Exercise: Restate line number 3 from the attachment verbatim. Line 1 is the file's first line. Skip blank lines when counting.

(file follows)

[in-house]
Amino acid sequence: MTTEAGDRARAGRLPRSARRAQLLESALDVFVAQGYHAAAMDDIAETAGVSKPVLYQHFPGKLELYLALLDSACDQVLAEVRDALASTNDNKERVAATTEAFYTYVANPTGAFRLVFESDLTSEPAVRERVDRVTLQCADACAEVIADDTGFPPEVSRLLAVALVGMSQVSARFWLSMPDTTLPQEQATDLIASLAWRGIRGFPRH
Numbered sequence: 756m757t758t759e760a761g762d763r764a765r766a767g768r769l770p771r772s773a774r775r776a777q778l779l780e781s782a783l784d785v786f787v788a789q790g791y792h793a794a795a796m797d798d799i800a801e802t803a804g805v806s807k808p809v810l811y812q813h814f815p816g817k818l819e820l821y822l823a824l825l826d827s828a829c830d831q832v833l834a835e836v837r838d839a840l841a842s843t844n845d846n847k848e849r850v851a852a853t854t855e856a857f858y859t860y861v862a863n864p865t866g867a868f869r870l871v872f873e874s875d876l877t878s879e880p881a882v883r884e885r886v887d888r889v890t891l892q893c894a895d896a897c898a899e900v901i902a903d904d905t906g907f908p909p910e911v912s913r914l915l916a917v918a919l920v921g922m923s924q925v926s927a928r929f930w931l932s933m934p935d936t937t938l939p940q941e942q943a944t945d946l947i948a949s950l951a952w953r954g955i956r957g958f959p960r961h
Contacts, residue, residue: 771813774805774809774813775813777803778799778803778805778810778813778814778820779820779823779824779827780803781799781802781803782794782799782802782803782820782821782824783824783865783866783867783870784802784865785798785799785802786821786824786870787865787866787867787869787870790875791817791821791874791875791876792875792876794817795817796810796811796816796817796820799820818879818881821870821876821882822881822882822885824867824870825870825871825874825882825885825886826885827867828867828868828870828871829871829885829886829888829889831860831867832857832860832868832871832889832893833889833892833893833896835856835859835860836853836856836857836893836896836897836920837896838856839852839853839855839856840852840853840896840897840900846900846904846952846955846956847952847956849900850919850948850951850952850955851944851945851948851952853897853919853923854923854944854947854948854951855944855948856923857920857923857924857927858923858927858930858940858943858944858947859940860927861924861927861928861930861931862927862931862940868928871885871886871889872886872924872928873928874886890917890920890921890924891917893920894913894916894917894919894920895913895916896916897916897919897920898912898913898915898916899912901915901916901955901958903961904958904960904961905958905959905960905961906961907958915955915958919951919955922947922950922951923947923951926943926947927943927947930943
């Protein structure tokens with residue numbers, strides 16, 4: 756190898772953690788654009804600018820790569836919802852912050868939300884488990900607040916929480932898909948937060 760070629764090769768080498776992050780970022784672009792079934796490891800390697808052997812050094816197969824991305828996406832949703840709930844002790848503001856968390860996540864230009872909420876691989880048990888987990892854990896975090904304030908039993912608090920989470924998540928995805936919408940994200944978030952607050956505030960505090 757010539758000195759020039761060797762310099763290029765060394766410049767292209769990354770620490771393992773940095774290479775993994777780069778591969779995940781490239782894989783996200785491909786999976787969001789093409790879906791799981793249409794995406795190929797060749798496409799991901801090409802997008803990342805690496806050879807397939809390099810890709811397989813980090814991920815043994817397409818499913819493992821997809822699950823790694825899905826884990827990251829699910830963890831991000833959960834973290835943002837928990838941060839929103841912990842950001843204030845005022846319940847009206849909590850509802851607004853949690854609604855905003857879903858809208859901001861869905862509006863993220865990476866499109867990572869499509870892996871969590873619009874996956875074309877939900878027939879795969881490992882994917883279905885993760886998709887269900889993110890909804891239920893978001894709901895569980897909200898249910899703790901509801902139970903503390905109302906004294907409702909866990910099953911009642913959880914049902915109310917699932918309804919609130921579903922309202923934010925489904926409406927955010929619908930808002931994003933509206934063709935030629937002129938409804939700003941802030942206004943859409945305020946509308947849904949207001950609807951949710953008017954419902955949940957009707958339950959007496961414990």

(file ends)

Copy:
Numbered sequence: 756m757t758t759e760a761g762d763r764a765r766a767g768r769l770p771r772s773a774r775r776a777q778l779l780e781s782a783l784d785v786f787v788a789q790g791y792h793a794a795a796m797d798d799i800a801e802t803a804g805v806s807k808p809v810l811y812q813h814f815p816g817k818l819e820l821y822l823a824l825l826d827s828a829c830d831q832v833l834a835e836v837r838d839a840l841a842s843t844n845d846n847k848e849r850v851a852a853t854t855e856a857f858y859t860y861v862a863n864p865t866g867a868f869r870l871v872f873e874s875d876l877t878s879e880p881a882v883r884e885r886v887d888r889v890t891l892q893c894a895d896a897c898a899e900v901i902a903d904d905t906g907f908p909p910e911v912s913r914l915l916a917v918a919l920v921g922m923s924q925v926s927a928r929f930w931l932s933m934p935d936t937t938l939p940q941e942q943a944t945d946l947i948a949s950l951a952w953r954g955i956r957g958f959p960r961h